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99mTc-EDDA/HYNIC-TOC and (18)F-FDG in thyroid cancer patients with negative (131)I whole-body scans.

Authors
  • Gabriel, Michael
  • Froehlich, Franz
  • Decristoforo, Clemens
  • Ensinger, Christian
  • Donnemiller, Eveline
  • von Guggenberg, Elisabeth
  • Heute, Dirk
  • Moncayo, Roy
Type
Published Article
Journal
European journal of nuclear medicine and molecular imaging
Publication Date
Mar 01, 2004
Volume
31
Issue
3
Pages
330–341
Identifiers
PMID: 14625664
Source
Medline
License
Unknown

Abstract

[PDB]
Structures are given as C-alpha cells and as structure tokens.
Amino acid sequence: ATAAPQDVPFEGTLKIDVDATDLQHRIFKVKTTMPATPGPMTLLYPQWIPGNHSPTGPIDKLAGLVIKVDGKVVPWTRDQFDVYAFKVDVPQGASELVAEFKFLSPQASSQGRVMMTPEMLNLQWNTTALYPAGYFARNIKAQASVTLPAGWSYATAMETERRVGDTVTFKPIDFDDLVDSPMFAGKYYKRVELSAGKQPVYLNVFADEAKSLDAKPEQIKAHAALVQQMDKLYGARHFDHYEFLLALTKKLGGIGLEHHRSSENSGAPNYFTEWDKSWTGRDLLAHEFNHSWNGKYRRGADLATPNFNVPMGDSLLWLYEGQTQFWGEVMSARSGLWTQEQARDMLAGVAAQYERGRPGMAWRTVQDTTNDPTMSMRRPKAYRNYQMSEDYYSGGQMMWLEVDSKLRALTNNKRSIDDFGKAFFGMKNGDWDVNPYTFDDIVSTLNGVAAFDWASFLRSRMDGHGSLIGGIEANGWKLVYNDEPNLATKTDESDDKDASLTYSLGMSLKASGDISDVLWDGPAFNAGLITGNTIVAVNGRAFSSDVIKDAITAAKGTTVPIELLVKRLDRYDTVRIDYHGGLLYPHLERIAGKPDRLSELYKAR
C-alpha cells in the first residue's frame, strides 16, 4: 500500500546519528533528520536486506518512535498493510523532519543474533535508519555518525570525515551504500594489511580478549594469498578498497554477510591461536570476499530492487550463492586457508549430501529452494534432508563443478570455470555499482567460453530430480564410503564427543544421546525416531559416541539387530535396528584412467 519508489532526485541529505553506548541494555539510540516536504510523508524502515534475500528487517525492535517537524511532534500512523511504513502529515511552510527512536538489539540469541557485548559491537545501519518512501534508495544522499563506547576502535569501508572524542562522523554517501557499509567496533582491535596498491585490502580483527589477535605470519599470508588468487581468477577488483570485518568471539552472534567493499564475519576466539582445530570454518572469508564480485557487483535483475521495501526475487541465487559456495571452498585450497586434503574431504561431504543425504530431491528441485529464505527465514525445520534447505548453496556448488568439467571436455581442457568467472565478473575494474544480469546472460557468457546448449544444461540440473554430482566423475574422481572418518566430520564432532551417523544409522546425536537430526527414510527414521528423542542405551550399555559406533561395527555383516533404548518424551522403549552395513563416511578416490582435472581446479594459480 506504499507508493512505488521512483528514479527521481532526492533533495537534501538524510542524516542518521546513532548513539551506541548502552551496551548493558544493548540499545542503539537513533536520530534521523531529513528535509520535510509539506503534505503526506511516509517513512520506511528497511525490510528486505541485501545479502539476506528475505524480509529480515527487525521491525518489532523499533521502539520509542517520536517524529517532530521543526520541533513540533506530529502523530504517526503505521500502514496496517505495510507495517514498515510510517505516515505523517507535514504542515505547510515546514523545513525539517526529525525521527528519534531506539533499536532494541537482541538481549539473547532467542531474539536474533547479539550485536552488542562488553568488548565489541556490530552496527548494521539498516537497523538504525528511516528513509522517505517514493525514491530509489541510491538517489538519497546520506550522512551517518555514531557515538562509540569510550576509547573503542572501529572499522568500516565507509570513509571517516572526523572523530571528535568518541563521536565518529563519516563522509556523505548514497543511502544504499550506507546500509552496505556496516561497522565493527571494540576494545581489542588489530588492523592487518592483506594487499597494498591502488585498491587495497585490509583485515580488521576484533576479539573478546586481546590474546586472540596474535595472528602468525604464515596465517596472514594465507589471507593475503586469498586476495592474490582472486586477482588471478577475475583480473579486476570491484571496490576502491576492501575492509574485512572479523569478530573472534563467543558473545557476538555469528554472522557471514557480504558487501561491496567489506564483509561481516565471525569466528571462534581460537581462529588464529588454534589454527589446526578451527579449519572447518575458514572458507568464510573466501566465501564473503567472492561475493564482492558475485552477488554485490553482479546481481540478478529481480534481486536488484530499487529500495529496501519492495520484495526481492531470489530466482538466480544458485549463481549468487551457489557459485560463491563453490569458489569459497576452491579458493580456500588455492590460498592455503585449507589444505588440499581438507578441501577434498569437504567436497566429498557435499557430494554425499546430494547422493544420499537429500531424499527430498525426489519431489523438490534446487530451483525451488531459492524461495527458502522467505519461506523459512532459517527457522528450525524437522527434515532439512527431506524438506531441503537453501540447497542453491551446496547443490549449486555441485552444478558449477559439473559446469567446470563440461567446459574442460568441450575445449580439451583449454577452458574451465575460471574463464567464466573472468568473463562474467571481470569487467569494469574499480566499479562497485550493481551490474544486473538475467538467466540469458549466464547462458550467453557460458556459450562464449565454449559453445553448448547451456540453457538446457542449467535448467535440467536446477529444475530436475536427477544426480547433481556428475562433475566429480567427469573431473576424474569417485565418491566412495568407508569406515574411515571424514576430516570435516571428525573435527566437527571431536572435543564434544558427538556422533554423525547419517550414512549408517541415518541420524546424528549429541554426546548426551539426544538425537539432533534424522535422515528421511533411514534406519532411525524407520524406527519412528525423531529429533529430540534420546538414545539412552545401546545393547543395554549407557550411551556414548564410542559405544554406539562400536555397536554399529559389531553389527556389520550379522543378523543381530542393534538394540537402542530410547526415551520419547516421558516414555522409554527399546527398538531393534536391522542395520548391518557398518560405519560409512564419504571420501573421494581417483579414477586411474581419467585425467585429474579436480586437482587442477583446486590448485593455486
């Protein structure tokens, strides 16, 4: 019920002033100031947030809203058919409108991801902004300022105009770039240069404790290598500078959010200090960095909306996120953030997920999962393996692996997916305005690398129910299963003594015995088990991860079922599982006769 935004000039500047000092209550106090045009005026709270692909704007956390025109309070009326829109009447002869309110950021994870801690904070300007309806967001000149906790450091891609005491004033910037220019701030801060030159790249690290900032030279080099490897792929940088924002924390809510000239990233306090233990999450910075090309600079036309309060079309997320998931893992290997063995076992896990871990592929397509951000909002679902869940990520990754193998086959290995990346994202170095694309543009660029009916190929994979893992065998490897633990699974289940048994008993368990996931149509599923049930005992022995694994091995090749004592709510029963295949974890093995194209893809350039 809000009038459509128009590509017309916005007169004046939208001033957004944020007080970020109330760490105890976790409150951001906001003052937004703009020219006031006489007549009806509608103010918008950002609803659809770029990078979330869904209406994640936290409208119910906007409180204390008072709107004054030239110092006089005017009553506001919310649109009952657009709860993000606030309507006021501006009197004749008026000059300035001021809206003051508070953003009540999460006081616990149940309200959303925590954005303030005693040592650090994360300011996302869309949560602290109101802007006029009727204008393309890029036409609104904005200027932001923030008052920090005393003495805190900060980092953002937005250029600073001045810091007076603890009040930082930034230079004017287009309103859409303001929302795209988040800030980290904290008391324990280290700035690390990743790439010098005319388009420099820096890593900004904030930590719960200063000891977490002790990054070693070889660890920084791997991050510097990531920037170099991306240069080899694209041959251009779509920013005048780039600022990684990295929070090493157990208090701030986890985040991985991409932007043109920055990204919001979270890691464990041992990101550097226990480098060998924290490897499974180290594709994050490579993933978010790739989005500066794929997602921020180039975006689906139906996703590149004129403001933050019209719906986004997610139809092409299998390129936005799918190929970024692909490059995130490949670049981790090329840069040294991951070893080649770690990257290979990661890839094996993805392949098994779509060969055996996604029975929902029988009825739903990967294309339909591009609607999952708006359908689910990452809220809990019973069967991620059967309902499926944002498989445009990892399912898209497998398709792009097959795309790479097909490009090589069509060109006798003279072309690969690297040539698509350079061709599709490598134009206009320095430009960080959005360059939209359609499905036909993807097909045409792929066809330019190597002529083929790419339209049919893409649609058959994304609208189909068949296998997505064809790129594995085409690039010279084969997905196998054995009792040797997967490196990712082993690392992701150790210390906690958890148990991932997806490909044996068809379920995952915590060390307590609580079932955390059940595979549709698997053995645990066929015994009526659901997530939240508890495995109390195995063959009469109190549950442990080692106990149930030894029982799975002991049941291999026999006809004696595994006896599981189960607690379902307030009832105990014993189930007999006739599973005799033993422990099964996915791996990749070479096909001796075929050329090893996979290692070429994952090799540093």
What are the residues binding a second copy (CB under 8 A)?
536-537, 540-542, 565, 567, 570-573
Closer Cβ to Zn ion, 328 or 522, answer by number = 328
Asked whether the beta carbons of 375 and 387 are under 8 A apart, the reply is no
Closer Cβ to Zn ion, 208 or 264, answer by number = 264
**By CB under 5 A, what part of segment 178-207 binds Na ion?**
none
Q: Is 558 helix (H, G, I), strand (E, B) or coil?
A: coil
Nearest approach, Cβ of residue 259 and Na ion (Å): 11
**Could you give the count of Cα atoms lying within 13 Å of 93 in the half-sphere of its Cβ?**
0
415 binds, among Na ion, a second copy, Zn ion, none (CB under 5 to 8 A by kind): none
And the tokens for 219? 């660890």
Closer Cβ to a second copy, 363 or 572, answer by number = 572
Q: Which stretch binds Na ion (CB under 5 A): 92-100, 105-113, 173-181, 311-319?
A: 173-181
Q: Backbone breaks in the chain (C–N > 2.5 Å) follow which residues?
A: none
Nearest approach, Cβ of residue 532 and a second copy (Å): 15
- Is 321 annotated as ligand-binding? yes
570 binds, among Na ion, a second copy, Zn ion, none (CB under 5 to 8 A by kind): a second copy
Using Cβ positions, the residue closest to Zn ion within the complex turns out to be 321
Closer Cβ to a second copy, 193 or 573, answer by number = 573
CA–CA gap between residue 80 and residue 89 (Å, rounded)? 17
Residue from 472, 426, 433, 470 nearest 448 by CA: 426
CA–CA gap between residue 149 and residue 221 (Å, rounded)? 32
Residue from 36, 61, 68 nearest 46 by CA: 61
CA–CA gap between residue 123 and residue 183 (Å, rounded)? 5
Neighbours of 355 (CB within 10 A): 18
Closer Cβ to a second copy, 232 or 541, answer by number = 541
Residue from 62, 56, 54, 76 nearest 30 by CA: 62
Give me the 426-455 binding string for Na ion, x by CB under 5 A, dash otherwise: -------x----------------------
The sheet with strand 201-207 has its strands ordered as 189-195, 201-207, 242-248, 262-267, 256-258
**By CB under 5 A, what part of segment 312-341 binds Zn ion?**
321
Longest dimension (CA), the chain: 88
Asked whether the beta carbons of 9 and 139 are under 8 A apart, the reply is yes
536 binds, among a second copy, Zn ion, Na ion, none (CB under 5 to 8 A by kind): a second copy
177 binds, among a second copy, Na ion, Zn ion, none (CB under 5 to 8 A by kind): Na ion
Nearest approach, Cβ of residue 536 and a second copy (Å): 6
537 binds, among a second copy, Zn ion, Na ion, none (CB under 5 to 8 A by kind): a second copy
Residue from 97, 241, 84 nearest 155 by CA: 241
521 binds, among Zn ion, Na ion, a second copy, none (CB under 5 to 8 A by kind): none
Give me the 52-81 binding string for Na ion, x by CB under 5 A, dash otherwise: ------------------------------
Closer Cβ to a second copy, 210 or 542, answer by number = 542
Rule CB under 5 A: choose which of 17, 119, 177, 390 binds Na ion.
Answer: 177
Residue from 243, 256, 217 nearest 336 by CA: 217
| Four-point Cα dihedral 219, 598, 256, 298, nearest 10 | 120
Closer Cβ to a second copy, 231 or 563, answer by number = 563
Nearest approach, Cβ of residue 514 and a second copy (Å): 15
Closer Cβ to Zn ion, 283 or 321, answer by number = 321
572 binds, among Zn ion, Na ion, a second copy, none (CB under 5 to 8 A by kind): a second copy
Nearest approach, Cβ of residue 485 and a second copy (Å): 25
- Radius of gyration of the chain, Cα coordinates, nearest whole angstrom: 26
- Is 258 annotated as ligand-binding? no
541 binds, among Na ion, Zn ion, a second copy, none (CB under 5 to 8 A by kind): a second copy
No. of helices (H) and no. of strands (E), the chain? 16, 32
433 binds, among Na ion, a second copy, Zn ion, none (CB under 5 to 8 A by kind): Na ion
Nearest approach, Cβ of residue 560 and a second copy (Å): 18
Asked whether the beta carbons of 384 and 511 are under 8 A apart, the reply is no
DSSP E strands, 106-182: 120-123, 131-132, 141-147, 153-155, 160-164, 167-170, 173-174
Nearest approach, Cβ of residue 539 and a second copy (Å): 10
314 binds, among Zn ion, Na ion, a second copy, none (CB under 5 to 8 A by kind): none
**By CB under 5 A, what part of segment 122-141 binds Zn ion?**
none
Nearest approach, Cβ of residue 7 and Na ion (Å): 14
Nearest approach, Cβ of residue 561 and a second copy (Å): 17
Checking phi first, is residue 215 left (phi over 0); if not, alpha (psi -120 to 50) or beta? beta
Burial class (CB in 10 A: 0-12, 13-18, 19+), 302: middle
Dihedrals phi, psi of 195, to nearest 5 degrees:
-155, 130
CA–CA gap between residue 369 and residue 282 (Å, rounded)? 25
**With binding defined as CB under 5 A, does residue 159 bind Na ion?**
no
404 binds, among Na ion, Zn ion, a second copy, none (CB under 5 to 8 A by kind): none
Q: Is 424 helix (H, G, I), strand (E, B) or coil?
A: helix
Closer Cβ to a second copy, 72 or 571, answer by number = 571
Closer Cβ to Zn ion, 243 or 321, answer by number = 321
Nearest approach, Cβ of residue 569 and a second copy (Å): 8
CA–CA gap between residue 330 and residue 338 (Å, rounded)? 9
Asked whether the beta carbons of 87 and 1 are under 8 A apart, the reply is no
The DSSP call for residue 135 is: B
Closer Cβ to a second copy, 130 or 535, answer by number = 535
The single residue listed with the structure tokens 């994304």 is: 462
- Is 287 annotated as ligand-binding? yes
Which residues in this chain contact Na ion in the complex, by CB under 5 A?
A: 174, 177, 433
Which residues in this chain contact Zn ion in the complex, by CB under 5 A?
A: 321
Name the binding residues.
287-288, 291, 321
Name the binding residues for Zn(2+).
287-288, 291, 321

Several studies have reported on the expression of somatostatin receptors in patients with differentiated thyroid cancer (DTC). The aim of this study was to evaluate the imaging abilities of a recently developed technetium-99m labelled somatostatin analogue, (99m)Tc-EDDA/HYNIC-TOC ((99m)Tc-TOC), in terms of precise localisation of disease. The study population comprised 54 patients (24 men, 30 women; age range 22-90 years) with histologically confirmed DTC who presented with recurrent or persistent disease as indicated by elevated Tg levels after initial treatment. All patients were negative on the iodine-131 post-therapy whole-body scans. Fluorine-18 fluorodeoxyglucose positron emission tomography ((18)F-FDG PET) was performed in a subgroup of 36 patients. The study population consisted of two groups: Group A ( n=22) comprised patients with disease recurrence as shown by elevated Tg levels but without detectable pathology. In group B ( n=32), pre-existing lesions were known. Among the 54 cases, SSTR scintigraphy was true positive in 33 (61.1%), true negative in 4 (7.4%) and false negative in 17 (31.5%) cases, which resulted in a sensitivity of 66%. A total of 138 tumour foci were localised in 33 patients. The fraction of true positive (99m)Tc-TOC findings was positively correlated ( P<0.01) with elevated Tg levels (higher than 30 ng/ml). Despite two false positive findings, analysis on a lesion basis demonstrated better diagnostic efficacy with (18)F-FDG PET ( P<0.001); however, it also revealed substantial agreement between the imaging techniques [Cohen's kappa of 0.62 (0.47-0.78)]. In conclusion, scintigraphy with (99m)Tc-TOC might be a promising tool for treatment planning; it is easy to perform and showed sufficient accuracy for localisation diagnostics in thyroid cancer patients with recurrent or metastatic disease.

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